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Social Sci LibreTexts

Chapter 6: Development

  • Page ID
    10633
    • 6.1: Research Methods in Developmental Psychology
      This module describes different research techniques that are used to study psychological phenomena in infants and children, research designs that are used to examine age-related changes in development, and unique challenges and special issues associated with conducting research with infants and children.
    • 6.2: Cognitive Development in Childhood
      This module examines what cognitive development is, major theories about how it occurs, the roles of nature and nurture, whether it is continuous or discontinuous, and how research in the area is being used to improve education.
    • 6.3: Social and Personality Development in Childhood
      Childhood social and personality development emerges through the interaction of social influences, biological maturation, and the child’s representations of the social world and the self. This interaction is illustrated in a discussion of the influence of significant relationships, the development of social understanding, the growth of personality, and the development of social and emotional competence in childhood.
    • 6.4: Adolescent Development
      Adolescence is a period that begins with puberty and ends with the transition to adulthood (approximately ages 10-20). Physical changes associated with puberty are triggered by hormones. Cognitive changes include improvements in complex and abstract thought, as well as development that happens at different rates in distinct parts of the brain & increases adolescents’ propensity for risky behavior because increases in sensation-seeking and reward motivation precede increases in cognitive control.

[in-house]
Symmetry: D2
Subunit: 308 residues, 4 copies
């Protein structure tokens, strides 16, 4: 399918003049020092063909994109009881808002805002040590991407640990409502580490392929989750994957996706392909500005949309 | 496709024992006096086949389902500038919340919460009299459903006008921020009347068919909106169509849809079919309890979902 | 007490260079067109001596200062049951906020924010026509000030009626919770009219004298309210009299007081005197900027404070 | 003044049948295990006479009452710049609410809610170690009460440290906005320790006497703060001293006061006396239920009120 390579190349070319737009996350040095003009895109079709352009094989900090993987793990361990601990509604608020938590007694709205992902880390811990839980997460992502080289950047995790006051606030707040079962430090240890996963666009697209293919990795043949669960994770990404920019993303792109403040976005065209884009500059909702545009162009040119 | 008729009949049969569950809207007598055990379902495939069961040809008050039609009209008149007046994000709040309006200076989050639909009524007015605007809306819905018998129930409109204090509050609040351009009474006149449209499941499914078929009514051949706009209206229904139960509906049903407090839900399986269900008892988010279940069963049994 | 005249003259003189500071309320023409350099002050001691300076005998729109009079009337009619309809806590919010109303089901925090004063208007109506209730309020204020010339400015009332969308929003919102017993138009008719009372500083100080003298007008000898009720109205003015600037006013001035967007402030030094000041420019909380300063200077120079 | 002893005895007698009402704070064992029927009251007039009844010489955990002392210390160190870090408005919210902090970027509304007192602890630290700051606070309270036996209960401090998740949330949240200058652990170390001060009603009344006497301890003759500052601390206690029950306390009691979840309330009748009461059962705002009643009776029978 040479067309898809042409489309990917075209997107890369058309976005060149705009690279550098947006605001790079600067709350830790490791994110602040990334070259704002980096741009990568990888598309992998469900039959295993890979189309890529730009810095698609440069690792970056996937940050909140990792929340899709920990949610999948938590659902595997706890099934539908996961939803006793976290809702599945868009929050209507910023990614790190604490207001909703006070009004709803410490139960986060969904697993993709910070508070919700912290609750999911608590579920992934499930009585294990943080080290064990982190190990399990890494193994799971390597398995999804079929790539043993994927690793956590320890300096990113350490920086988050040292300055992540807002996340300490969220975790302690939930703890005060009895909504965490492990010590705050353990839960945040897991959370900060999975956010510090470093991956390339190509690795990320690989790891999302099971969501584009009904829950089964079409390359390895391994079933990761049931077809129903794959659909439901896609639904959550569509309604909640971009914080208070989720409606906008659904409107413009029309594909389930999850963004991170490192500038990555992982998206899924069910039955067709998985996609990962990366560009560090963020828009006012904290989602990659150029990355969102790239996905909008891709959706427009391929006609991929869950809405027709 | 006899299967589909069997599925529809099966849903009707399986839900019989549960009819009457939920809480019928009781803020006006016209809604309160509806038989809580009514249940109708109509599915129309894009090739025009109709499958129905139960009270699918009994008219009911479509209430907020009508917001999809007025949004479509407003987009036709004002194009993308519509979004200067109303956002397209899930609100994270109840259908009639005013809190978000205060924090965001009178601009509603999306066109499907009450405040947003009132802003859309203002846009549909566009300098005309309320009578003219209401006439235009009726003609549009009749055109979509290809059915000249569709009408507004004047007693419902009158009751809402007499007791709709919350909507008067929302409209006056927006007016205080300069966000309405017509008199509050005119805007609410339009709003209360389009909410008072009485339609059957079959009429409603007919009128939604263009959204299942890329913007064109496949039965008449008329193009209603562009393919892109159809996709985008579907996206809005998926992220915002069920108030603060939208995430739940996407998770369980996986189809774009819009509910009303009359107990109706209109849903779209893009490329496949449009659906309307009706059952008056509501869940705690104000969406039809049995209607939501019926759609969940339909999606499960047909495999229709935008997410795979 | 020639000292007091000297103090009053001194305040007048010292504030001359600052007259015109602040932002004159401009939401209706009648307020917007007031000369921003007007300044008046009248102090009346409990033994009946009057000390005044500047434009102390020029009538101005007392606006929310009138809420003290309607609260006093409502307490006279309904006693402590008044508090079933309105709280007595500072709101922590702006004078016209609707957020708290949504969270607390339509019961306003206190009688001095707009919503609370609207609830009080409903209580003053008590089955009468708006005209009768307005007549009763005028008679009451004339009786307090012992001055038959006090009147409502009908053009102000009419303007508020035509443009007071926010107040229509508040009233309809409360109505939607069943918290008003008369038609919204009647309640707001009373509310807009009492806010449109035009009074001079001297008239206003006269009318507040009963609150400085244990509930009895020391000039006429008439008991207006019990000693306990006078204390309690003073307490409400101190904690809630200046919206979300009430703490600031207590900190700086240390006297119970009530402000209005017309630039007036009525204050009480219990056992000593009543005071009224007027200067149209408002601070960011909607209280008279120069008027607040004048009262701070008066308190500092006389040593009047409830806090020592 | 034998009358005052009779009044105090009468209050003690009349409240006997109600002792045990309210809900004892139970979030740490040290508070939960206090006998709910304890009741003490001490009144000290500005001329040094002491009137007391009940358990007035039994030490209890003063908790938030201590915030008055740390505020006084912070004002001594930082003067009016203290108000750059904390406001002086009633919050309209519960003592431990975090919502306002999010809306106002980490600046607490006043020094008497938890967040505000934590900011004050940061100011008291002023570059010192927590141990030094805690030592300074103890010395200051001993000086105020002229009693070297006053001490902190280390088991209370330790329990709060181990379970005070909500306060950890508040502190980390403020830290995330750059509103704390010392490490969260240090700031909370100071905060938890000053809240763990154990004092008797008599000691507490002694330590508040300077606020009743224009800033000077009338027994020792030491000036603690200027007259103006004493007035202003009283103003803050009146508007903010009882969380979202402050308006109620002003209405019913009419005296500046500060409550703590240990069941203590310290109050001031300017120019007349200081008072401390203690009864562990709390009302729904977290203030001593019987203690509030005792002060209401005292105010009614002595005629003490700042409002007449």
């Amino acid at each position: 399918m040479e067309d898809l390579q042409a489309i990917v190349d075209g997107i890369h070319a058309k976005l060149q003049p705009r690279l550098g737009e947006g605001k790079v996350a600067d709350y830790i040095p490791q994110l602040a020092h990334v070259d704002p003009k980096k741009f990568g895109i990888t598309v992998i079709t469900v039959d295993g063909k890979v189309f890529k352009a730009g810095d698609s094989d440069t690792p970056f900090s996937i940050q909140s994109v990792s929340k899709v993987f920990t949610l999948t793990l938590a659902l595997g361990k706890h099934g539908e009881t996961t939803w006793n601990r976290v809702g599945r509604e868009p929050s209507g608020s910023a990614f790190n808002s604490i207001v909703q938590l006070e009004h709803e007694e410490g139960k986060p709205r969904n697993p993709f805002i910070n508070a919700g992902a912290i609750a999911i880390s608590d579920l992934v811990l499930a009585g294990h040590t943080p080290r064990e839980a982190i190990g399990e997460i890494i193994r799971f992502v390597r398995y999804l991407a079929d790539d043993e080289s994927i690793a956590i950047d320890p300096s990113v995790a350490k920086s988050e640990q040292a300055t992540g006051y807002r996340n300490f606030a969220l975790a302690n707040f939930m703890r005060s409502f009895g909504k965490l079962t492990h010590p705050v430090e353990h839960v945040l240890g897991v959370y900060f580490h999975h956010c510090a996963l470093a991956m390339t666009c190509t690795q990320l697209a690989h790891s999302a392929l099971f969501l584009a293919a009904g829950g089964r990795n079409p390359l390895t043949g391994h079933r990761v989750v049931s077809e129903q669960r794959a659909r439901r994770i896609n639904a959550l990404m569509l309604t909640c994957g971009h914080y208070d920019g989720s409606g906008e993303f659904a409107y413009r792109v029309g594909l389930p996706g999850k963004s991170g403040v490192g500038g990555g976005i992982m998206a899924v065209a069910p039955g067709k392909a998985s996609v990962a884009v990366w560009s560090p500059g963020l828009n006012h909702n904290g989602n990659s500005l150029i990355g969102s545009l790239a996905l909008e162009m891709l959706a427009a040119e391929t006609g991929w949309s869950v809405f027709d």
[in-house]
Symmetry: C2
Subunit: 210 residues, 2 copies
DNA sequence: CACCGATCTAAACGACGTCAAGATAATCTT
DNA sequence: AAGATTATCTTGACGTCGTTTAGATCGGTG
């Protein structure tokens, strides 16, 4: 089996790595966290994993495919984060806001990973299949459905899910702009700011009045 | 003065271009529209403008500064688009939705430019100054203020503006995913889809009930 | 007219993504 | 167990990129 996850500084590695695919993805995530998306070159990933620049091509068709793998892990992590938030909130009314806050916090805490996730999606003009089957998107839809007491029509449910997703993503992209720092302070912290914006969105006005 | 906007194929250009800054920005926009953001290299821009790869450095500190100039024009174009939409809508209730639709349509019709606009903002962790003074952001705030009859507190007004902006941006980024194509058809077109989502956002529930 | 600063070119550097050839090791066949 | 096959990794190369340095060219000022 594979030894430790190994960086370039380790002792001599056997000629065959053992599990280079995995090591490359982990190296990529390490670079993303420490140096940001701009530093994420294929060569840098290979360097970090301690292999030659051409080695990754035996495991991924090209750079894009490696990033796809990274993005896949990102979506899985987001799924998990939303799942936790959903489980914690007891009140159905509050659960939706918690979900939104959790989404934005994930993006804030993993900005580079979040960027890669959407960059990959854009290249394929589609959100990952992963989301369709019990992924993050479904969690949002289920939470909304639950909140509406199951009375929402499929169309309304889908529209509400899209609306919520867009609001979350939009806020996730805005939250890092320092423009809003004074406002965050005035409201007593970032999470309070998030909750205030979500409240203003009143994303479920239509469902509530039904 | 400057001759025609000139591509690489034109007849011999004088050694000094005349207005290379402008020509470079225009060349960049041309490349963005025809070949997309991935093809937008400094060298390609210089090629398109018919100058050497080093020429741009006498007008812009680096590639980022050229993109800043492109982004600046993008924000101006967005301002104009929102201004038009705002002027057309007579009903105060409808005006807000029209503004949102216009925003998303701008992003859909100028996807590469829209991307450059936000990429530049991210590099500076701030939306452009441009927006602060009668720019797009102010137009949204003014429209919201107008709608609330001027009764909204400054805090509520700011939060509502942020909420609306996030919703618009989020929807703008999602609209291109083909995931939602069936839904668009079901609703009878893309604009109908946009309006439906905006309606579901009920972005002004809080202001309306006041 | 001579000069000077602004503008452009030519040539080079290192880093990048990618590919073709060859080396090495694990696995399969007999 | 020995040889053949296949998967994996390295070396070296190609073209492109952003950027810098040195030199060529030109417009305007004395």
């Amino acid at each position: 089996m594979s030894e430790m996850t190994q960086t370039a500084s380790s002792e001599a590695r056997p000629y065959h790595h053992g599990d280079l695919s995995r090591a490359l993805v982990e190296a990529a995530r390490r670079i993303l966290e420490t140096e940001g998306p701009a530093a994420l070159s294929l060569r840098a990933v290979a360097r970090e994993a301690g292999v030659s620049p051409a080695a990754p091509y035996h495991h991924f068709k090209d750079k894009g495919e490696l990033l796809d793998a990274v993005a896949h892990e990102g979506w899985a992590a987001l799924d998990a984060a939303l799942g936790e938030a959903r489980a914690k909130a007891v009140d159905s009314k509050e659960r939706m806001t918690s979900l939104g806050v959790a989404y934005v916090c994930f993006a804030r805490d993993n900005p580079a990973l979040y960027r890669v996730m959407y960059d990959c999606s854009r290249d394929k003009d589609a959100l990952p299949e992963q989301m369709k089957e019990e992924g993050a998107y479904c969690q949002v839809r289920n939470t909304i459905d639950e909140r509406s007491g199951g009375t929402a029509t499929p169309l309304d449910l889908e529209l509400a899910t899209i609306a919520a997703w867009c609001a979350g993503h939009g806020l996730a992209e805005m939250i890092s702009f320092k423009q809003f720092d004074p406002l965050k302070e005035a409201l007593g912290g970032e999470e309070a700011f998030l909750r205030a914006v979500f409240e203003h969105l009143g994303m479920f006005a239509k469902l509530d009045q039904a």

• 6.5: Emerging Adulthood
      Emerging adulthood has been proposed as a new life stage between adolescence and young adulthood, lasting roughly from ages 18 to 25. Five features make emerging adulthood distinctive: identity explorations, instability, self-focus, feeling in-between adolescence and adulthood, and a sense of broad possibilities for the future.
    • 6.6: The Developing Parent
      This module focuses on parenthood as a developmental task of adulthood. Parents take on new roles as their children develop, transforming their identity as a parent as the developmental demands of their children change. The main influences on parenting, parent characteristics, child characteristics, and contextual factors, are described.
    • 6.7: Aging
      Traditionally, research on aging described only the lives of people over age 65 and the very old. Contemporary theories and research recognize that biogenetic and psychological processes of aging are complex and lifelong. We consider contemporary questions about cognitive aging and changes in personality, self-related beliefs, social relationships, and subjective well-being. These four aspects of psychosocial aging are related to health and longevity.
    • 6.8: Attachment Through the Life Course
      The purpose of this module is to provide a brief review of attachment theory—a theory designed to explain the significance of the close, emotional bonds that children develop with their caregivers and the implications of those bonds for understanding personality development. The module discusses the origins of the theory, research on individual differences in attachment security in infancy and childhood, and the role of attachment in adult relationships.